Back in 2014, Witold Rybczynski (who taught at Penn while I was there) wrote an article in The New York Times Style Magazine called The Franchising of Architecture. In it, he argued against the trend of “starchitecture.”
Here’s an excerpt:
“Architecture, however, is a social art, rather than a personal one, a reflection of a society and its values rather than a medium of individual expression. So it’s a problem when the prevailing trend is one of franchises, particularly those of the globe-trotters: Renzo, Rem, Zaha and Frank. It’s exciting to bring high-powered architects in from outside. It flatters a city’s sense of self-importance, and fosters the perception of a place as a creative hotbed. But in the long run it’s wiser to nurture local talent; instead of starchitects, locatects.”
Following this, James Russell (a longtime architecture critic) wrote a searing rebuttal called The Stupid Starchitect Debate. He called Witold’s story a piece of utter laziness and urged us to stop whining about celebrity architecture.
Here’s an excerpt:
“Celebrity architecture is not a franchise (McDonalds is a franchise), but branding. Branding is repellently ubiquitous, and it is pure romanticism to think architecture can escape a trend that so powerfully guides spending. A friend became a museum director in part because building a new building was part of the job. I thought he would bring up an energetic young local talent, but he ended up with an international big name because, he said, only the stars would bring in the donors. That’s sad, but emblematic of an era when private wealth builds the cultural facilities the public won’t pay for. That’s why celebrity architects are brands—a title none of them sought, though all are adept at exploiting. Even wealthy, sophisticated trustees like to bask in the glow of a name that’s got cachet, rather than look hard for someone with obvious talent but who is not well known.”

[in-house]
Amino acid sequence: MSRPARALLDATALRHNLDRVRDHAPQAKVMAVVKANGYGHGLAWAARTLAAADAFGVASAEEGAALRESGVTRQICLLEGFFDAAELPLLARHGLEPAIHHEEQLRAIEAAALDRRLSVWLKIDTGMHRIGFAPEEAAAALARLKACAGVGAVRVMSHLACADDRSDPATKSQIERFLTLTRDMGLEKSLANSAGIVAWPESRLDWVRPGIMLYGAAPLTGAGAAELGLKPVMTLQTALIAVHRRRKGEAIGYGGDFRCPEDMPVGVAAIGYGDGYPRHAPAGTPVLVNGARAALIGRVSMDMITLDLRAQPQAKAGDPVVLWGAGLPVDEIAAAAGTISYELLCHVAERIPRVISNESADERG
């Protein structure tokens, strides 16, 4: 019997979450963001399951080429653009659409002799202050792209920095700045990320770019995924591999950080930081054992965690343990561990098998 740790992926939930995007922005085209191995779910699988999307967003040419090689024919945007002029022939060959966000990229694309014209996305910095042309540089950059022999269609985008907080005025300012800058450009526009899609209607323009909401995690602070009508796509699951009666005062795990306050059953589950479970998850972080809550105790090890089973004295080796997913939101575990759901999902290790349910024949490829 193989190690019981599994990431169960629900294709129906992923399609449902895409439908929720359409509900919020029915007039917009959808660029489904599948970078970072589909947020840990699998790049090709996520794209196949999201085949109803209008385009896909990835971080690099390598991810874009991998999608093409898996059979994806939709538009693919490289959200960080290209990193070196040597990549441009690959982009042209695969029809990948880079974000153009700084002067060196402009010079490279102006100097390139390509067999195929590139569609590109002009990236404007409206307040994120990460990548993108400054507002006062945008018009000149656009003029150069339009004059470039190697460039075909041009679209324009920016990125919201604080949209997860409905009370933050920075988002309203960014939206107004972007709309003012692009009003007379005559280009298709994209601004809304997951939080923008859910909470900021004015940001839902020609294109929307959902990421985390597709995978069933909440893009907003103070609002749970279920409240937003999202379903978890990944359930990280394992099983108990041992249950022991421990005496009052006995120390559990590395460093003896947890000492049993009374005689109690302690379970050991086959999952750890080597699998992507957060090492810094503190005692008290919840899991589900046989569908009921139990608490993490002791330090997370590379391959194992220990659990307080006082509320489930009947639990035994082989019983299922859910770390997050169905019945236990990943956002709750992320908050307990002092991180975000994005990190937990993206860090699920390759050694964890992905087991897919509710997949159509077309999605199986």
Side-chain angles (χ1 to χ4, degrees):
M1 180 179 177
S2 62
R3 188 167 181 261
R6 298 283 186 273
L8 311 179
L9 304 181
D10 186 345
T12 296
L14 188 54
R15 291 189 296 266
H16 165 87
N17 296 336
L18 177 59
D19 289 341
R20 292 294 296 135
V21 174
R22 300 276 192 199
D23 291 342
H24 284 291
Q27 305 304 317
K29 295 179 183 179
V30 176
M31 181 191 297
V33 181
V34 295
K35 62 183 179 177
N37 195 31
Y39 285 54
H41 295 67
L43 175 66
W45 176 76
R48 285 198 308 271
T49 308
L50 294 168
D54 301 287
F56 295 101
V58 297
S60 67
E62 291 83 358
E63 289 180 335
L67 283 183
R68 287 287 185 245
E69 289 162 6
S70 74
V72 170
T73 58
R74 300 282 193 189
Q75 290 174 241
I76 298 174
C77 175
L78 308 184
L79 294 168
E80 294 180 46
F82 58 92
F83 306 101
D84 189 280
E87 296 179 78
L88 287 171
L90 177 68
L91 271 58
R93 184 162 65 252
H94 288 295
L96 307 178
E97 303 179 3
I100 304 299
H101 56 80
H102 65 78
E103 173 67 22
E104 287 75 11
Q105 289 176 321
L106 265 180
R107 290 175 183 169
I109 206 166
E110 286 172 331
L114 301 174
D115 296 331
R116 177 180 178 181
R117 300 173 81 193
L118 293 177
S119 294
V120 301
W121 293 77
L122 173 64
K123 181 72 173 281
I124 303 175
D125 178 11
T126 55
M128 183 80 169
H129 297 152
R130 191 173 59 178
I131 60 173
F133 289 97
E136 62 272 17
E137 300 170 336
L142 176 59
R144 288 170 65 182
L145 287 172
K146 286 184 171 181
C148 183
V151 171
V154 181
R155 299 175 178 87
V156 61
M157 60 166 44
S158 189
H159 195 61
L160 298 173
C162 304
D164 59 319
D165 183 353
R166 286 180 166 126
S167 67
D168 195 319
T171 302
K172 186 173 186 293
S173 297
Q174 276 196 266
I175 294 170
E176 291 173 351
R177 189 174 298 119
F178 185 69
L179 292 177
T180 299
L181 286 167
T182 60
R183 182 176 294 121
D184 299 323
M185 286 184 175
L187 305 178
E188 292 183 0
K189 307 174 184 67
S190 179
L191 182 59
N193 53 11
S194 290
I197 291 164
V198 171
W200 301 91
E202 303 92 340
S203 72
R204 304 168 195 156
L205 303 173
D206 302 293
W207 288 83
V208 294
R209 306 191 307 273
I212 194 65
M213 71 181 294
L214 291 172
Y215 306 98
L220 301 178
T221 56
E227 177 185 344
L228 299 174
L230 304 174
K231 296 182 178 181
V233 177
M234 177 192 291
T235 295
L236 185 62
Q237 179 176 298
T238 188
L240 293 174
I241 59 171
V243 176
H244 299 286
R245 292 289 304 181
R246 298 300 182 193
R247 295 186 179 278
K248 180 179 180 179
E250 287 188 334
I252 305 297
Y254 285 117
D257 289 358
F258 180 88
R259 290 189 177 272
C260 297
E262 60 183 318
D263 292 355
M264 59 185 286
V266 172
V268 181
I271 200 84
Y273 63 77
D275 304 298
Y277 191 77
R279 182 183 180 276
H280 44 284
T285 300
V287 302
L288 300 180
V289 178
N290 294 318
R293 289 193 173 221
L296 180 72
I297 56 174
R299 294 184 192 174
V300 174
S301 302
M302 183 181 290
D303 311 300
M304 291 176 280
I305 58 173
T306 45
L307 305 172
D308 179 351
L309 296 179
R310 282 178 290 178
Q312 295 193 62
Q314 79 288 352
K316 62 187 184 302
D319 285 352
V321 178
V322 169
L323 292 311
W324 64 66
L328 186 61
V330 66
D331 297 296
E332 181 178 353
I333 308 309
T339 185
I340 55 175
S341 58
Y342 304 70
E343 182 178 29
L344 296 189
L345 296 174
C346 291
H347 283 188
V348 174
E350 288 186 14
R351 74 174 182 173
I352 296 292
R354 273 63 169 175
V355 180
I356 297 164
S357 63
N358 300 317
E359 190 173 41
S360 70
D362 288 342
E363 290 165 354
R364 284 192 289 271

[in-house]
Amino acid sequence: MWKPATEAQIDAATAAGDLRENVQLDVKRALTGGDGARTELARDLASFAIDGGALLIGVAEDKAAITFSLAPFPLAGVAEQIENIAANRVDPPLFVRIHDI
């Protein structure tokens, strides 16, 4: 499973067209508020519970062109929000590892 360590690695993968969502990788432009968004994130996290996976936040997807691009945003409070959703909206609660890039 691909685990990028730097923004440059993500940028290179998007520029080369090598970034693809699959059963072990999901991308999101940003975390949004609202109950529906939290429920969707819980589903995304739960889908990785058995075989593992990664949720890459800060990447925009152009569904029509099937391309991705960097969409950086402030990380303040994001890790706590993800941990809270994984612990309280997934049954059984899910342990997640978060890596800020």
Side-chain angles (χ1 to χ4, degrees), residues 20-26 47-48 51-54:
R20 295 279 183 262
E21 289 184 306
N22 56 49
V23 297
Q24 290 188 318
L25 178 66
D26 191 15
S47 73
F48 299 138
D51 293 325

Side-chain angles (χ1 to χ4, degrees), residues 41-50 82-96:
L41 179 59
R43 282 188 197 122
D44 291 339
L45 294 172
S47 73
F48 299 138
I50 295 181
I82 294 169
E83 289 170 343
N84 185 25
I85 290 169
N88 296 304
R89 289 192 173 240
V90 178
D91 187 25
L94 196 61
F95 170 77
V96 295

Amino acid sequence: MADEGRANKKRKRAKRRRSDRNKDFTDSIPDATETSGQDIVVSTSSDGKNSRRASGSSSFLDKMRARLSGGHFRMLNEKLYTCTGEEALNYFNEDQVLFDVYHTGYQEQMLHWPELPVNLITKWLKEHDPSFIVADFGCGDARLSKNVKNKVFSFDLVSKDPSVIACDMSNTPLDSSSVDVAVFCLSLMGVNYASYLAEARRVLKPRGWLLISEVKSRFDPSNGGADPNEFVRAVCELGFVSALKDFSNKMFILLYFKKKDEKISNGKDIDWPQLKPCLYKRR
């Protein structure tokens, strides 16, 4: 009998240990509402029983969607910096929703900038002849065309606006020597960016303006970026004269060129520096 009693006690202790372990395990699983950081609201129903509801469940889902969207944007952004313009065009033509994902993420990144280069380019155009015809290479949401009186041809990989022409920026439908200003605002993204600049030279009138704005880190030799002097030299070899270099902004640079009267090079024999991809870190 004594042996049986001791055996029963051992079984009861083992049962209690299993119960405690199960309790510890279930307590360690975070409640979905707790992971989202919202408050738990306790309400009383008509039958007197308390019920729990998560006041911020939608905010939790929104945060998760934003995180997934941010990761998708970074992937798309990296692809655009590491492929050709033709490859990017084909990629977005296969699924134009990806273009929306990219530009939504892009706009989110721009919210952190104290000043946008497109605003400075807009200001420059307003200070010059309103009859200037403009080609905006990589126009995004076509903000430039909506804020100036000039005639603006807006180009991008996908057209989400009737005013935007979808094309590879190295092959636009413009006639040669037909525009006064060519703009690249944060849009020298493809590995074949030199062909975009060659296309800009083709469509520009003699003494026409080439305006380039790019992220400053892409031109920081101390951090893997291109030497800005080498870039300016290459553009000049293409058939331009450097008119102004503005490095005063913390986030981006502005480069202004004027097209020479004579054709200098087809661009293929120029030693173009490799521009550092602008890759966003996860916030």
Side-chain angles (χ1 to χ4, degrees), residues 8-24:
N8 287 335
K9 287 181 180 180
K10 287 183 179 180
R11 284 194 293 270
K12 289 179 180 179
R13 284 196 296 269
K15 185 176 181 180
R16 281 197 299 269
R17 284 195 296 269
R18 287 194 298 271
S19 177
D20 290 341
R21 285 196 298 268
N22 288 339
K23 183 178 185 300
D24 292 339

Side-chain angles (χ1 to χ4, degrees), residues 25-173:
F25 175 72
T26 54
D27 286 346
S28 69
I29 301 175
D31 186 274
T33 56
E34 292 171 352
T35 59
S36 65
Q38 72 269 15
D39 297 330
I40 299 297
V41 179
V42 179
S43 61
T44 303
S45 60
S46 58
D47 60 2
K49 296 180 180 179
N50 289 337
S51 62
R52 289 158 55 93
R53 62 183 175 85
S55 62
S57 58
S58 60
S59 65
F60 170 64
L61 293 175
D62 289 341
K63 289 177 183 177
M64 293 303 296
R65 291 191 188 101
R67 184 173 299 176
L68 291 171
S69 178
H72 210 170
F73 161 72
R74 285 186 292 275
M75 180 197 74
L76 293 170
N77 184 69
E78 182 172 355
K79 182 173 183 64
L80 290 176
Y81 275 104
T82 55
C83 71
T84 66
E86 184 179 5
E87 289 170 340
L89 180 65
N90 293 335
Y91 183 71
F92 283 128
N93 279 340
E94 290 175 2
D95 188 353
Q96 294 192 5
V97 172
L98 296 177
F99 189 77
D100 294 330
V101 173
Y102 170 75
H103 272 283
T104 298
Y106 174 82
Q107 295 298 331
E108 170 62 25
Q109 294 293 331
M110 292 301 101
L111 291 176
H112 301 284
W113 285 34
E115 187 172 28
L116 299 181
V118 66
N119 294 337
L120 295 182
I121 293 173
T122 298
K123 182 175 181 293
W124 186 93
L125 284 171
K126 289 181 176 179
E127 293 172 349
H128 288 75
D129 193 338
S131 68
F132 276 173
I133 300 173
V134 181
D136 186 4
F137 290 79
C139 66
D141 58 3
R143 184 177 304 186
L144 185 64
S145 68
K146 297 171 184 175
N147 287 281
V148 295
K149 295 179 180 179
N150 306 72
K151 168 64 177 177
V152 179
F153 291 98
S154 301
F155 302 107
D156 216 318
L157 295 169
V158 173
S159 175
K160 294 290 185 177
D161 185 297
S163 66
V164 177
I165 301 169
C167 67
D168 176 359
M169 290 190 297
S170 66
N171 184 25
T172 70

This is a fascinating debate. And I would be curious to hear your thoughts in the comment section below.
My own view is that, yes, it is wonderfully romantic to think that we can go back to a period of time when London architecture was designed only by English architects, Paris architecture designed only by French architects, and so on. But the world has changed. The genie is out of the bottle on that one.
I also don’t think that brand needs to be a dirty word in the context of architecture. There’s value in brand equity. And everything can be construed as a brand. This blog is part of my personal brand. That’s our world.
The problem I have with this line of thinking is when architecture gets reduced to style, to form, to a veneer. Architecture is an opportunity to solve problems and respond to real (including local) constraints. That also creates value – arguably much more value. And I don’t believe that only “locatects” have the ability to respond to that challenge.
There’s so much more that can be said about this topic.